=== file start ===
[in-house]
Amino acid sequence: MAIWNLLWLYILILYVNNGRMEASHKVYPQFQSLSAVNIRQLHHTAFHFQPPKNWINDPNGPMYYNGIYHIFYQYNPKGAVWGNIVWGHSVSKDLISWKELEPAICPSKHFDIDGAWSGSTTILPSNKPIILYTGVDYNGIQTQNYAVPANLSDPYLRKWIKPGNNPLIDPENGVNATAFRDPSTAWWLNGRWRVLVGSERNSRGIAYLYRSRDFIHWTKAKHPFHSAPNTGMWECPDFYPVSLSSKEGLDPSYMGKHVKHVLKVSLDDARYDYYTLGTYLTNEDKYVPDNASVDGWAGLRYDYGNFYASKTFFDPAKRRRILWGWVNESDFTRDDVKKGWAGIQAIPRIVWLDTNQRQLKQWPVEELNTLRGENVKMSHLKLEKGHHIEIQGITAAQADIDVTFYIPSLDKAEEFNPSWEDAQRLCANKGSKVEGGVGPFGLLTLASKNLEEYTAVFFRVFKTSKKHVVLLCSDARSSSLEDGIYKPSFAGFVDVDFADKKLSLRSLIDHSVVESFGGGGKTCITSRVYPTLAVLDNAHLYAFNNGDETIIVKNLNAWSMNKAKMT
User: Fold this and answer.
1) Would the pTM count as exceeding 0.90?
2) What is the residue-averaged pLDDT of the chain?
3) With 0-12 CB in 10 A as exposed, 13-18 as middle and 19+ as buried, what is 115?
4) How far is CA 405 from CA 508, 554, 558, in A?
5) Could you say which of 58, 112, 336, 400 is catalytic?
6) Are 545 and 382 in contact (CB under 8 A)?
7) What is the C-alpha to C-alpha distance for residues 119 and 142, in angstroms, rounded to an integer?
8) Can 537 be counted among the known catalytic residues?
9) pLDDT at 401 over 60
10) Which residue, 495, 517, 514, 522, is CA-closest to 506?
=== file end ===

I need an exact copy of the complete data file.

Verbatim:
[in-house]
Amino acid sequence: MAIWNLLWLYILILYVNNGRMEASHKVYPQFQSLSAVNIRQLHHTAFHFQPPKNWINDPNGPMYYNGIYHIFYQYNPKGAVWGNIVWGHSVSKDLISWKELEPAICPSKHFDIDGAWSGSTTILPSNKPIILYTGVDYNGIQTQNYAVPANLSDPYLRKWIKPGNNPLIDPENGVNATAFRDPSTAWWLNGRWRVLVGSERNSRGIAYLYRSRDFIHWTKAKHPFHSAPNTGMWECPDFYPVSLSSKEGLDPSYMGKHVKHVLKVSLDDARYDYYTLGTYLTNEDKYVPDNASVDGWAGLRYDYGNFYASKTFFDPAKRRRILWGWVNESDFTRDDVKKGWAGIQAIPRIVWLDTNQRQLKQWPVEELNTLRGENVKMSHLKLEKGHHIEIQGITAAQADIDVTFYIPSLDKAEEFNPSWEDAQRLCANKGSKVEGGVGPFGLLTLASKNLEEYTAVFFRVFKTSKKHVVLLCSDARSSSLEDGIYKPSFAGFVDVDFADKKLSLRSLIDHSVVESFGGGGKTCITSRVYPTLAVLDNAHLYAFNNGDETIIVKNLNAWSMNKAKMT
User: Fold this and answer.
1) Would the pTM count as exceeding 0.90?
2) What is the residue-averaged pLDDT of the chain?
3) With 0-12 CB in 10 A as exposed, 13-18 as middle and 19+ as buried, what is 115?
4) How far is CA 405 from CA 508, 554, 558, in A?
5) Could you say which of 58, 112, 336, 400 is catalytic?
6) Are 545 and 382 in contact (CB under 8 A)?
7) What is the C-alpha to C-alpha distance for residues 119 and 142, in angstroms, rounded to an integer?
8) Can 537 be counted among the known catalytic residues?
9) pLDDT at 401 over 60
10) Which residue, 495, 517, 514, 522, is CA-closest to 506?